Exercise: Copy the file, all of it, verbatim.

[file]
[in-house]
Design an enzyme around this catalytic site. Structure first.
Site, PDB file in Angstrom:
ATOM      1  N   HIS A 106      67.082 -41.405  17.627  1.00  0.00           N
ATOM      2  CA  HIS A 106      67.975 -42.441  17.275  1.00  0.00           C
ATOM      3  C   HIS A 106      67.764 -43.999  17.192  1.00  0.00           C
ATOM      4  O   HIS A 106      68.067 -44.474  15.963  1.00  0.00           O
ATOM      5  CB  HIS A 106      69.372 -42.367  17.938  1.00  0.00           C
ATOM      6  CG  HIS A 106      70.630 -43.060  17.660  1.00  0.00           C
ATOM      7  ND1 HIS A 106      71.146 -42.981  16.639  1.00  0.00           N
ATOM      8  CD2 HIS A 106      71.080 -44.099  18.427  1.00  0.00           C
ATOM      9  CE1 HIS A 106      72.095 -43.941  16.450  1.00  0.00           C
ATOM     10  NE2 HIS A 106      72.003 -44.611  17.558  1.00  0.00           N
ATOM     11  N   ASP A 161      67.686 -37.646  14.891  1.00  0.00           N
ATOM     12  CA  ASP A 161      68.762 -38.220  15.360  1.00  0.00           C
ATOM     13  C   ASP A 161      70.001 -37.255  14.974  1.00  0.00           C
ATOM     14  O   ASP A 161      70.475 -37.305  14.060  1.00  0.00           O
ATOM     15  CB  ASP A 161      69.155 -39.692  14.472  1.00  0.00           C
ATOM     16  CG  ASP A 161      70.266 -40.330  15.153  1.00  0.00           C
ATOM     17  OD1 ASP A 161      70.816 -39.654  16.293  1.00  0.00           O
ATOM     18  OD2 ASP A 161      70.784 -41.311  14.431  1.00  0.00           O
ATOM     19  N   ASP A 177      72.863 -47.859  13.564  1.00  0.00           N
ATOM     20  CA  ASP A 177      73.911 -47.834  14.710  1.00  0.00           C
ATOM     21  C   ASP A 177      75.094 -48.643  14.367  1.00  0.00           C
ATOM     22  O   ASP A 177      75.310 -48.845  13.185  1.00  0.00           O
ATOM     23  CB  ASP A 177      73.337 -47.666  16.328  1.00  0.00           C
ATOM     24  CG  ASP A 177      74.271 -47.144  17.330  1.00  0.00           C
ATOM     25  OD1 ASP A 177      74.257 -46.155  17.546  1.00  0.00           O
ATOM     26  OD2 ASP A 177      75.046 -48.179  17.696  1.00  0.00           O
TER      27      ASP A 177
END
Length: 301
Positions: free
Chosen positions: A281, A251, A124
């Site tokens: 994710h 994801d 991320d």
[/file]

[in-house]
Design an enzyme around this catalytic site. Structure first.
Site, PDB file in Angstrom:
ATOM      1  N   HIS A 106      67.082 -41.405  17.627  1.00  0.00           N
ATOM      2  CA  HIS A 106      67.975 -42.441  17.275  1.00  0.00           C
ATOM      3  C   HIS A 106      67.764 -43.999  17.192  1.00  0.00           C
ATOM      4  O   HIS A 106      68.067 -44.474  15.963  1.00  0.00           O
ATOM      5  CB  HIS A 106      69.372 -42.367  17.938  1.00  0.00           C
ATOM      6  CG  HIS A 106      70.630 -43.060  17.660  1.00  0.00           C
ATOM      7  ND1 HIS A 106      71.146 -42.981  16.639  1.00  0.00           N
ATOM      8  CD2 HIS A 106      71.080 -44.099  18.427  1.00  0.00           C
ATOM      9  CE1 HIS A 106      72.095 -43.941  16.450  1.00  0.00           C
ATOM     10  NE2 HIS A 106      72.003 -44.611  17.558  1.00  0.00           N
ATOM     11  N   ASP A 161      67.686 -37.646  14.891  1.00  0.00           N
ATOM     12  CA  ASP A 161      68.762 -38.220  15.360  1.00  0.00           C
ATOM     13  C   ASP A 161      70.001 -37.255  14.974  1.00  0.00           C
ATOM     14  O   ASP A 161      70.475 -37.305  14.060  1.00  0.00           O
ATOM     15  CB  ASP A 161      69.155 -39.692  14.472  1.00  0.00           C
ATOM     16  CG  ASP A 161      70.266 -40.330  15.153  1.00  0.00           C
ATOM     17  OD1 ASP A 161      70.816 -39.654  16.293  1.00  0.00           O
ATOM     18  OD2 ASP A 161      70.784 -41.311  14.431  1.00  0.00           O
ATOM     19  N   ASP A 177      72.863 -47.859  13.564  1.00  0.00           N
ATOM     20  CA  ASP A 177      73.911 -47.834  14.710  1.00  0.00           C
ATOM     21  C   ASP A 177      75.094 -48.643  14.367  1.00  0.00           C
ATOM     22  O   ASP A 177      75.310 -48.845  13.185  1.00  0.00           O
ATOM     23  CB  ASP A 177      73.337 -47.666  16.328  1.00  0.00           C
ATOM     24  CG  ASP A 177      74.271 -47.144  17.330  1.00  0.00           C
ATOM     25  OD1 ASP A 177      74.257 -46.155  17.546  1.00  0.00           O
ATOM     26  OD2 ASP A 177      75.046 -48.179  17.696  1.00  0.00           O
TER      27      ASP A 177
END
Length: 301
Positions: free
Chosen positions: A281, A251, A124
């Site tokens: 994710h 994801d 991320d």